Parliament should reject flawed family court merger Bill
5 December 2019
Legislation merging the specialist Family Court into a single generalist court will not alleviate the fundamental problems plaguing the family law system, including the risk of victims of family violence falling through the cracks.
Responding to the re-introduction this week of the flawed Bill to merge the Family Court and Federal Circuit Court, a broad coalition of groups has again called on the Federal Parliament to reject the legislation and consider holistic structural reform of the family law system.
This should include a response to this year’s report by the Australian Law Reform Commission that clearly recommended the retainment and enhancement of specialisation and consideration of an alternative model for a specialised, stand-alone family law court system.
To allow this to occur the Joint Select Committee on Australia’s family law system should consider the Bill. Its terms of reference are clearly inclusive of this as they require consideration of “reform that may be needed to the Family Law and the current structure of the Family Court and the Federal Circuit Court.”
In an Open Letter 117 organisations and individuals have called on the Attorney-General to abandon the government’s proposed family law courts merger and instead strengthen specialisation in family law and family violence.
The merger will result in the loss of a stand-alone dedicated Family Court as it now exists, to the detriment of those in need of specialist family law assistance:
- By reducing from three to one the number of Family Court judges that hear appeals from the Federal Circuit Court;
- Failing to guarantee in the future a minimum number of judges in the Family Court; and
- Failing to broadly guarantee expertise in the appointment of judges.
“This misstep will harm families. For more than 40 years, the Family Court has been a premier legal institution, a specialist superior court admired by other family law jurisdictions around the world for its innovative management of the most complex and difficult family law matters. The Bill, will not produce efficiencies, reduce delays, or deliver anything of real value. Nor will they reduce complexity or legal costs in the family law system. In fact, it could make the system worse,” says Law Council President, Arthur Moses SC.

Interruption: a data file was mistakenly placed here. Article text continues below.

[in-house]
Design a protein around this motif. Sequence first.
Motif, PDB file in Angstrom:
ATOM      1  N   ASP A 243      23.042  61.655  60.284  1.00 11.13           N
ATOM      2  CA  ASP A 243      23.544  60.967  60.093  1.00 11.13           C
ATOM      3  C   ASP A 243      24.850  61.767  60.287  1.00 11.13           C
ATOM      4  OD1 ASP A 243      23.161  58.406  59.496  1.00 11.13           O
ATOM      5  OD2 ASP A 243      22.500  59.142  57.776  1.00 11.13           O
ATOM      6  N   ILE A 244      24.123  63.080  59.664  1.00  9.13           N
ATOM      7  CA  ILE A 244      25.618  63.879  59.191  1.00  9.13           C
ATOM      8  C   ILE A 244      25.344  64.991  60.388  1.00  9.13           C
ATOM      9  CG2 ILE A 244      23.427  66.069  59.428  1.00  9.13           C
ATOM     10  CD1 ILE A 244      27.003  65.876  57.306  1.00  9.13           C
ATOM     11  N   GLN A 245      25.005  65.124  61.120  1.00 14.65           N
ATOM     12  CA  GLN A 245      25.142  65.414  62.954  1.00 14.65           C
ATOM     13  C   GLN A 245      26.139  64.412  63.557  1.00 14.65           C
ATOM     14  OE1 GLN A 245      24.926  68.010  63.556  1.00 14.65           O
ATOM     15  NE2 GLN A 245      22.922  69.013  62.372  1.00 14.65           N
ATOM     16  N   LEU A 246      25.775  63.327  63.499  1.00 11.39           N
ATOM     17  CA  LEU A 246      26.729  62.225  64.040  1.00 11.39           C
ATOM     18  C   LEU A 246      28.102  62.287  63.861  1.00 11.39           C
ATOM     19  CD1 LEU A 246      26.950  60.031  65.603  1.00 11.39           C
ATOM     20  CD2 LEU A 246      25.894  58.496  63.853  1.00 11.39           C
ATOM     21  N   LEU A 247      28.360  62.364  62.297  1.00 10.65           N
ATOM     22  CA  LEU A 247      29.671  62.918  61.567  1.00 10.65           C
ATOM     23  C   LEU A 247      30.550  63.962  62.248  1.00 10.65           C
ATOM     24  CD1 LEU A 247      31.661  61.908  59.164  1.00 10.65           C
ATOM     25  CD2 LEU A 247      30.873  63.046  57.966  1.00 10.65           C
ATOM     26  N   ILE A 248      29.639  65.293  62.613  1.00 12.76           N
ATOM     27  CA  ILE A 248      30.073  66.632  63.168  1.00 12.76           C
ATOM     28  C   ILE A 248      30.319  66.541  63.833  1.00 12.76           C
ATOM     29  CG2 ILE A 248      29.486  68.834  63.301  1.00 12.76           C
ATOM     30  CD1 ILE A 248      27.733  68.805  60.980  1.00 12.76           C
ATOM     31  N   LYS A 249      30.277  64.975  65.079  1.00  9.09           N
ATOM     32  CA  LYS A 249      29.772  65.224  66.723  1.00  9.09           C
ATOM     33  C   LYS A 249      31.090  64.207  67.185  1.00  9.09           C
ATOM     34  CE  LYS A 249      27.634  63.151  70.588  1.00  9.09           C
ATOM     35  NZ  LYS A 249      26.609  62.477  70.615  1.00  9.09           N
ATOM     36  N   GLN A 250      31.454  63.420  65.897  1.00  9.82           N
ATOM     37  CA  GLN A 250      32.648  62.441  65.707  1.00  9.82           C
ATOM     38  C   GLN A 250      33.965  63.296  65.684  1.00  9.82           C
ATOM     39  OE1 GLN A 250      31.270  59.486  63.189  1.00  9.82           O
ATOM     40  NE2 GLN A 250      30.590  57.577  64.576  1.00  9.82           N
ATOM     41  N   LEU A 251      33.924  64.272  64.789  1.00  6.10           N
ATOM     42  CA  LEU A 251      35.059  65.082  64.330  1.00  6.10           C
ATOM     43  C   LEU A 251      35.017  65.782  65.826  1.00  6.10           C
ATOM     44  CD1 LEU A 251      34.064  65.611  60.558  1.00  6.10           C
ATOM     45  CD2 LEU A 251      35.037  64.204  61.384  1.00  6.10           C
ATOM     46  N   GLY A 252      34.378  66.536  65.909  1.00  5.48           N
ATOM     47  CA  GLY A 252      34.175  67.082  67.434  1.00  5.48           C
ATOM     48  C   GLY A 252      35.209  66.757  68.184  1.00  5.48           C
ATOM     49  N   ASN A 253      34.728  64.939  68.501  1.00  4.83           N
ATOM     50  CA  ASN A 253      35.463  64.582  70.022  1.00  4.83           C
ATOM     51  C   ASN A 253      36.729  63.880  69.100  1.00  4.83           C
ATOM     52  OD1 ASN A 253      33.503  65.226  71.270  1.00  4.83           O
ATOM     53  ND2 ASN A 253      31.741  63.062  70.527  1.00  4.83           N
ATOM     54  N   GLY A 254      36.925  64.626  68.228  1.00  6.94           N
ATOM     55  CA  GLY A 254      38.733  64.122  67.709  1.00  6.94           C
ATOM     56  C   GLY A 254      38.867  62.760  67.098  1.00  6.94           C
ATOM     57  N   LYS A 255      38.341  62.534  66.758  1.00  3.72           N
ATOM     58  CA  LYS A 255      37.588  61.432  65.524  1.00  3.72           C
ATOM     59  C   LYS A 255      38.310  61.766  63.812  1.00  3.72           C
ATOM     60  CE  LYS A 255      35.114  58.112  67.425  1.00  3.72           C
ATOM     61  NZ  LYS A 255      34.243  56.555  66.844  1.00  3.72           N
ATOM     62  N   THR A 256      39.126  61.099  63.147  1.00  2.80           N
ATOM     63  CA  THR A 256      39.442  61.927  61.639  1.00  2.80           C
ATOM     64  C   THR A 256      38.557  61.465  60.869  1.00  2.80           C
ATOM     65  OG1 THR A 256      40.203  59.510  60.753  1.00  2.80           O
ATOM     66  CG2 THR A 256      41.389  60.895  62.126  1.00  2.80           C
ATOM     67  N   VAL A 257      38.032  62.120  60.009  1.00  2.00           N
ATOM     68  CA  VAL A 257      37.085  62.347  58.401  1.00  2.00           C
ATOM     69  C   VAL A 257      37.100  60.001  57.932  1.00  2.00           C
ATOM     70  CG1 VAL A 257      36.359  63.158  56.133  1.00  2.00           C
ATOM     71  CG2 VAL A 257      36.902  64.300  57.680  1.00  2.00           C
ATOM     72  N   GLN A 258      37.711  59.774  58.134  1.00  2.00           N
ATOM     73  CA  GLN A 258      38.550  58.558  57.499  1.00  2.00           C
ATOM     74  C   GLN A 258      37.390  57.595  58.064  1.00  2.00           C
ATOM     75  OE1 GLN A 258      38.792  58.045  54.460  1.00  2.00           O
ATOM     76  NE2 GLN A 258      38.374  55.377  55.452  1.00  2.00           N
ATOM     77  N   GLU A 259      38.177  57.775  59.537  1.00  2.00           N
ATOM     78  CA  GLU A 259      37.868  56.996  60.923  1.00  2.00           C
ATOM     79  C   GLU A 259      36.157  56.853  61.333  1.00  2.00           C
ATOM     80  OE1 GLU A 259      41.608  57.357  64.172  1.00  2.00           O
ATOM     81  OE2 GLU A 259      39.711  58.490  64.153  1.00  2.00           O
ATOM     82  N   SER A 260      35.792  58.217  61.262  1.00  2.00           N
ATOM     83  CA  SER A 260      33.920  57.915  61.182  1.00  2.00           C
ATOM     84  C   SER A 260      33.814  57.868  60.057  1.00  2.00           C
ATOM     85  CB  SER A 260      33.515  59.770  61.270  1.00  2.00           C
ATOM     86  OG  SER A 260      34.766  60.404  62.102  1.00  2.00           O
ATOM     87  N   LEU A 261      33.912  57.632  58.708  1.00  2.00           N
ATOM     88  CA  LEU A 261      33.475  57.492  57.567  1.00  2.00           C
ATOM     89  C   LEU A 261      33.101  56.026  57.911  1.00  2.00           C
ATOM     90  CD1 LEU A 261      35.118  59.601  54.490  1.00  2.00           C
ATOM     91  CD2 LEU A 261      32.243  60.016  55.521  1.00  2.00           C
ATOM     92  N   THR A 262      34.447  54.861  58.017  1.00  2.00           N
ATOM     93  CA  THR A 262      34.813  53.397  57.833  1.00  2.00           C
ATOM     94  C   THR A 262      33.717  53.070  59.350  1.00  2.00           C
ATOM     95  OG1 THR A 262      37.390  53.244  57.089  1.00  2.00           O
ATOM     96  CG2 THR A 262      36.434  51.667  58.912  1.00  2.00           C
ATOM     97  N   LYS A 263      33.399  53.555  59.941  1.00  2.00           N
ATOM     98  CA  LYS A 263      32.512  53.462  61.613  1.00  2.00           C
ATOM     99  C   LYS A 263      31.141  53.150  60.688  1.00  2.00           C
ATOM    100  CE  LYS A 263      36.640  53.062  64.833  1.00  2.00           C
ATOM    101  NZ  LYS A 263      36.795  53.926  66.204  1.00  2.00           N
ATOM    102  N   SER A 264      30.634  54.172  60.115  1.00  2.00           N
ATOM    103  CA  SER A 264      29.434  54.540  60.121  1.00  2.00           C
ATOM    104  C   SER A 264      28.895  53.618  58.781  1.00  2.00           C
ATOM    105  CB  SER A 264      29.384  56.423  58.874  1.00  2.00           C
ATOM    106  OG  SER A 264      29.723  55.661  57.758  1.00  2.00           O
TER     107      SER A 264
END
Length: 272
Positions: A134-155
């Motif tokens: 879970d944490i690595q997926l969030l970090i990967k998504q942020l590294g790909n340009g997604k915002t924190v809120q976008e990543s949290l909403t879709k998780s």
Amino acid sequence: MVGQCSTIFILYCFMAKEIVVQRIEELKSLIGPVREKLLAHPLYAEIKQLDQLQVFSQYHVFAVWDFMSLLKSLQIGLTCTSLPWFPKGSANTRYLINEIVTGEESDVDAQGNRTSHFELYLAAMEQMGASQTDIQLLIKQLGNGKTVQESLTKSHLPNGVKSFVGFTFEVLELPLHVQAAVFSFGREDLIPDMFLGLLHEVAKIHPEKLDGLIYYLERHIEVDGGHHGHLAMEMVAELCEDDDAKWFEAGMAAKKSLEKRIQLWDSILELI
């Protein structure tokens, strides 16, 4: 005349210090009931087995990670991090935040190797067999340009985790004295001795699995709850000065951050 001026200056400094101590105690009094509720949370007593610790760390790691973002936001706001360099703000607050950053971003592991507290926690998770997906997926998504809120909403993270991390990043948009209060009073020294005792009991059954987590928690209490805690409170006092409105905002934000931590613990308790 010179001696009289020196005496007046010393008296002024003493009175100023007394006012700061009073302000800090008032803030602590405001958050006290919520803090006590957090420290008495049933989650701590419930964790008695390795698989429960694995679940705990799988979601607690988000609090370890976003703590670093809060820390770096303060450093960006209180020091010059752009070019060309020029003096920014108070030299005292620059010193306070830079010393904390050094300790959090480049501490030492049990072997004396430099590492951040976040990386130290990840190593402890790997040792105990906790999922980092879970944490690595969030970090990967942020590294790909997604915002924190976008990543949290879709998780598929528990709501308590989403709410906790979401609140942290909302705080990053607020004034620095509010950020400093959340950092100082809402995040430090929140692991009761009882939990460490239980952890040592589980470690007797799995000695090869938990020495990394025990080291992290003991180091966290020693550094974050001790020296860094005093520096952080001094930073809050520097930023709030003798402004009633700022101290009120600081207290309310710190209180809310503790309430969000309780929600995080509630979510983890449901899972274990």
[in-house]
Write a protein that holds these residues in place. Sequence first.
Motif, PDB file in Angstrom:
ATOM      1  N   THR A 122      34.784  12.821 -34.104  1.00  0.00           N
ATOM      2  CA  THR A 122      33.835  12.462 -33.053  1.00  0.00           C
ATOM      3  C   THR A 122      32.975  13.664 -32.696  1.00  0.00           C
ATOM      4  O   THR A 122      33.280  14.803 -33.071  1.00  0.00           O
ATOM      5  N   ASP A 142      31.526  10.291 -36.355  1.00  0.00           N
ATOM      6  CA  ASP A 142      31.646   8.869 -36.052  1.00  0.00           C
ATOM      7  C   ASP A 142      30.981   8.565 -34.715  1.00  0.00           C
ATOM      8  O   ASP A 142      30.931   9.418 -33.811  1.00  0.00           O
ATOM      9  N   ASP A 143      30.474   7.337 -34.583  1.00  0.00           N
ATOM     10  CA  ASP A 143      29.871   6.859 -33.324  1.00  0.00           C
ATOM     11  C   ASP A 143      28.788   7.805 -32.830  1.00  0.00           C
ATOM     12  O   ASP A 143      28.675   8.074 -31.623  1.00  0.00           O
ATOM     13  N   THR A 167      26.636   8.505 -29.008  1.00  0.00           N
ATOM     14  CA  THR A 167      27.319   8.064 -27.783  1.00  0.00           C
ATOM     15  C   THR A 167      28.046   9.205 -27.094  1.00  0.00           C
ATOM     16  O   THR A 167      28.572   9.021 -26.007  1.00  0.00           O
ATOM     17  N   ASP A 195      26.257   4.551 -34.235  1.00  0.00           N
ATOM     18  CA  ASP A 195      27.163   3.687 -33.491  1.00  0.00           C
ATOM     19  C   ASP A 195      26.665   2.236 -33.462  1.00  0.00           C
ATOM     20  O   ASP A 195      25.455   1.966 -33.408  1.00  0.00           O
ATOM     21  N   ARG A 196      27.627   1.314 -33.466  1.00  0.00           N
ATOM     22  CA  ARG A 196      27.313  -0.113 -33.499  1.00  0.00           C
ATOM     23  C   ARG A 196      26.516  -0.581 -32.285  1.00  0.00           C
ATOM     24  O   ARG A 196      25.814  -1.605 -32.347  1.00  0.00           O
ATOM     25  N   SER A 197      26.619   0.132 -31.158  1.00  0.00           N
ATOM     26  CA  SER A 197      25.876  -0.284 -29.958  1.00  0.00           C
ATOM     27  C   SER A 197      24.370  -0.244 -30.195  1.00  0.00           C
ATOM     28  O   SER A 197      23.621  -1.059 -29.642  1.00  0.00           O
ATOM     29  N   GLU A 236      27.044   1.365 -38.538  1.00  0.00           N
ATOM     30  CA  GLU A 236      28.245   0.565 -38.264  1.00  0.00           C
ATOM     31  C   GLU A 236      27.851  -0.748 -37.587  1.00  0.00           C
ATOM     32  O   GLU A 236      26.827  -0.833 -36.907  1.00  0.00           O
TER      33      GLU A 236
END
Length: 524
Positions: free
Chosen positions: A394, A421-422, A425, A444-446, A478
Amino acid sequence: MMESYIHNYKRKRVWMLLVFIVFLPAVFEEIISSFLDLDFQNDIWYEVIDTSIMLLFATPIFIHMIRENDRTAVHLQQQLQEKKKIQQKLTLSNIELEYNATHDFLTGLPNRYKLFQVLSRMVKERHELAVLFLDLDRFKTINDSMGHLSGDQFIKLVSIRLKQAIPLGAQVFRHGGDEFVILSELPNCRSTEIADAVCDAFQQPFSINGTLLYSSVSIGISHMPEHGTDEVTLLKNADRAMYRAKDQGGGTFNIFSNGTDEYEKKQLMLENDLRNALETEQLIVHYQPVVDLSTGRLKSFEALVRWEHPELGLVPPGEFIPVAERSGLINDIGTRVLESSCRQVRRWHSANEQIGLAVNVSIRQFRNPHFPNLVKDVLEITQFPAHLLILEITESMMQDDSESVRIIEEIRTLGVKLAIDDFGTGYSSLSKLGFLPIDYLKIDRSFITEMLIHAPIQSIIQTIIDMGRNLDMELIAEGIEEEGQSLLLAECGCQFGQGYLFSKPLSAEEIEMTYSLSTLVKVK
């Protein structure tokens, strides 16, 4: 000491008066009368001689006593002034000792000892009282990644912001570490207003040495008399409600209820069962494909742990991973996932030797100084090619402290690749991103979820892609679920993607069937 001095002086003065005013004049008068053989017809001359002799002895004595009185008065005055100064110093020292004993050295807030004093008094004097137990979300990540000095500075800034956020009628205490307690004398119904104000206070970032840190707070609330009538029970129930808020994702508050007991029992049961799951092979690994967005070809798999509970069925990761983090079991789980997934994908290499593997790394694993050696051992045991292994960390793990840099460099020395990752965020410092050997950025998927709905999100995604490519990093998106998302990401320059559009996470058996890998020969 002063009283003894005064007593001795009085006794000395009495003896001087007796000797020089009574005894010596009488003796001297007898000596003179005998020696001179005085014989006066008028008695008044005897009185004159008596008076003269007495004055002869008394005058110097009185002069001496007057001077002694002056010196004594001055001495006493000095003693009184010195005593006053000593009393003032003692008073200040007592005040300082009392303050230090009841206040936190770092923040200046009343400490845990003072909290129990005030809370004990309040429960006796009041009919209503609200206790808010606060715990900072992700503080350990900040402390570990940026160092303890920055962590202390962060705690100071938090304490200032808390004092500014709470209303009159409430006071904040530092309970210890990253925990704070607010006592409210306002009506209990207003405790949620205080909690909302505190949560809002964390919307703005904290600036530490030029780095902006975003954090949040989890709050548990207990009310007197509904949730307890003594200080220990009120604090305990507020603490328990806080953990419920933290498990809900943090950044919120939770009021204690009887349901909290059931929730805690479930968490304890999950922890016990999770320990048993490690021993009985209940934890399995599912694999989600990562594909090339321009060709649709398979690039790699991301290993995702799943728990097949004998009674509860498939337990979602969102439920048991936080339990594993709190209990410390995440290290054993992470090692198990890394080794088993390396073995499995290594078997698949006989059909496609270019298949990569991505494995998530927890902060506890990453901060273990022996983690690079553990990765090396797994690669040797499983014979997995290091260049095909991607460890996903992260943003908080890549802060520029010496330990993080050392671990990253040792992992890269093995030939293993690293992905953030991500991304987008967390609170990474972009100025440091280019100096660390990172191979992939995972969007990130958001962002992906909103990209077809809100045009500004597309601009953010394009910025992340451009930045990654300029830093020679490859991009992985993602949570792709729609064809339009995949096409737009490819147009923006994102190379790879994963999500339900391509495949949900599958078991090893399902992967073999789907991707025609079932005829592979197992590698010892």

“Community legal centres are approached by people every day seeking help with family law and domestic violence; parenting arrangements are the number one legal issue where community legal centres provide legal advice and other assistance with more than 30 per cent of people who seek help from community legal centres experience family violence. Based on our experience, we share the concerns being raised about moving away from a specialist family court model,” says Mr Nassim Arrage, CEO of Community Legal Centres Australia.
“Family violence best practice responses both nationally and internationally recommend an enhancement of family violence specialisation in courts not moves away from it. With up to 85 per cent of matters in the family courts involving family violence, any reforms must prioritise child and victim safety. We have concerns the proposed model does not achieve this,” says Ms Angela Lynch AM, Women’s Legal Services Australia spokesperson.
“These reforms will disproportionately impact the most vulnerable including Aboriginal and Torres Strait Islander children and families who need the most support. Based on the experience of Aboriginal Legal Services across the country, these reforms will lead to a range of unintended consequences including a reduced number of specialist family law judges, poorer decisions and increased costs for litigants,” says Ms Nerita Waight, Co-Chair, National Aboriginal and Torres Strait Islander Legal Services.
“The family law court system is under pressure and reform is required, but not like this. It is very risky to make major structural changes in a system that is so chronically under-funded that it struggles to meet its basic functions. We should be adding resources so that we can improve safety, not looking for efficiencies,” says Dr Merrindahl Andrew, Program Manager, Australian Women Against Violence Alliance.
The joint Open Letter to the Attorney General is available here.
Signatories to the Open Letter include Aboriginal and Torres Strait Islander community-controlled organisations, sexual and family violence peak bodies and services, health peak bodies and services, disability peak bodies and services, community organisations and legal experts. Signatories are also calling on the government to consult on alternative models of structural, holistic reform to benefit children, families and victims-survivors of family violence.
Angela Lynch, Women’s Legal Services Australia, Ph: 0413 515 171
Nassim Arrage, Community Legal Centres Australia, Ph: 0408 092 256
Nerita Waight, National Aboriginal and Torres Strait Islander Legal Services, Ph: 0490 027 377
Marcus Priest, Law Council of Australia, M: 0402 914 466